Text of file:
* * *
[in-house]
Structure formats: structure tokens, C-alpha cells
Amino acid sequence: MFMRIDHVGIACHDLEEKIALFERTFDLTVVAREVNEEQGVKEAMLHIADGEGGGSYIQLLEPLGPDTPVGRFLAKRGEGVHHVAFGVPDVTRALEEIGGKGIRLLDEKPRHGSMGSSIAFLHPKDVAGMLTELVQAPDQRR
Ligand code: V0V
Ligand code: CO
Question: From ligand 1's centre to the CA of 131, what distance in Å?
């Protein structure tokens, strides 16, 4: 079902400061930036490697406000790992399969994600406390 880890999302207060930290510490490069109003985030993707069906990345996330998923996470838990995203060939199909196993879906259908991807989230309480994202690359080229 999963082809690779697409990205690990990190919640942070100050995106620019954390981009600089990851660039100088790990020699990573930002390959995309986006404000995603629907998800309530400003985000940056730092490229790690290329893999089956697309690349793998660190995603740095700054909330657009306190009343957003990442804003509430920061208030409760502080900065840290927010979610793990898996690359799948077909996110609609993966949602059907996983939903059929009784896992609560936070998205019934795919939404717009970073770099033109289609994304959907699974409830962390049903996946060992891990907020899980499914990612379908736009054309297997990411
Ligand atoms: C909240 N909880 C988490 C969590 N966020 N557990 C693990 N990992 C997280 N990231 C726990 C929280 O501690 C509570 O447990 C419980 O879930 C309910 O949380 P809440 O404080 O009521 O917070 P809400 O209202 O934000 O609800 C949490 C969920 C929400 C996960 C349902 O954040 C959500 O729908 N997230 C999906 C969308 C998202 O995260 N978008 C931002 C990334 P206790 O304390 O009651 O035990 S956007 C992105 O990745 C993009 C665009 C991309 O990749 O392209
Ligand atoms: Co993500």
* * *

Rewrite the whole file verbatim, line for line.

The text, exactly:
[in-house]
Structure formats: structure tokens, C-alpha cells
Amino acid sequence: MFMRIDHVGIACHDLEEKIALFERTFDLTVVAREVNEEQGVKEAMLHIADGEGGGSYIQLLEPLGPDTPVGRFLAKRGEGVHHVAFGVPDVTRALEEIGGKGIRLLDEKPRHGSMGSSIAFLHPKDVAGMLTELVQAPDQRR
Ligand code: V0V
Ligand code: CO
Question: From ligand 1's centre to the CA of 131, what distance in Å?
């Protein structure tokens, strides 16, 4: 079902400061930036490697406000790992399969994600406390 880890999302207060930290510490490069109003985030993707069906990345996330998923996470838990995203060939199909196993879906259908991807989230309480994202690359080229 999963082809690779697409990205690990990190919640942070100050995106620019954390981009600089990851660039100088790990020699990573930002390959995309986006404000995603629907998800309530400003985000940056730092490229790690290329893999089956697309690349793998660190995603740095700054909330657009306190009343957003990442804003509430920061208030409760502080900065840290927010979610793990898996690359799948077909996110609609993966949602059907996983939903059929009784896992609560936070998205019934795919939404717009970073770099033109289609994304959907699974409830962390049903996946060992891990907020899980499914990612379908736009054309297997990411
Ligand atoms: C909240 N909880 C988490 C969590 N966020 N557990 C693990 N990992 C997280 N990231 C726990 C929280 O501690 C509570 O447990 C419980 O879930 C309910 O949380 P809440 O404080 O009521 O917070 P809400 O209202 O934000 O609800 C949490 C969920 C929400 C996960 C349902 O954040 C959500 O729908 N997230 C999906 C969308 C998202 O995260 N978008 C931002 C990334 P206790 O304390 O009651 O035990 S956007 C992105 O990745 C993009 C665009 C991309 O990749 O392209
Ligand atoms: Co993500």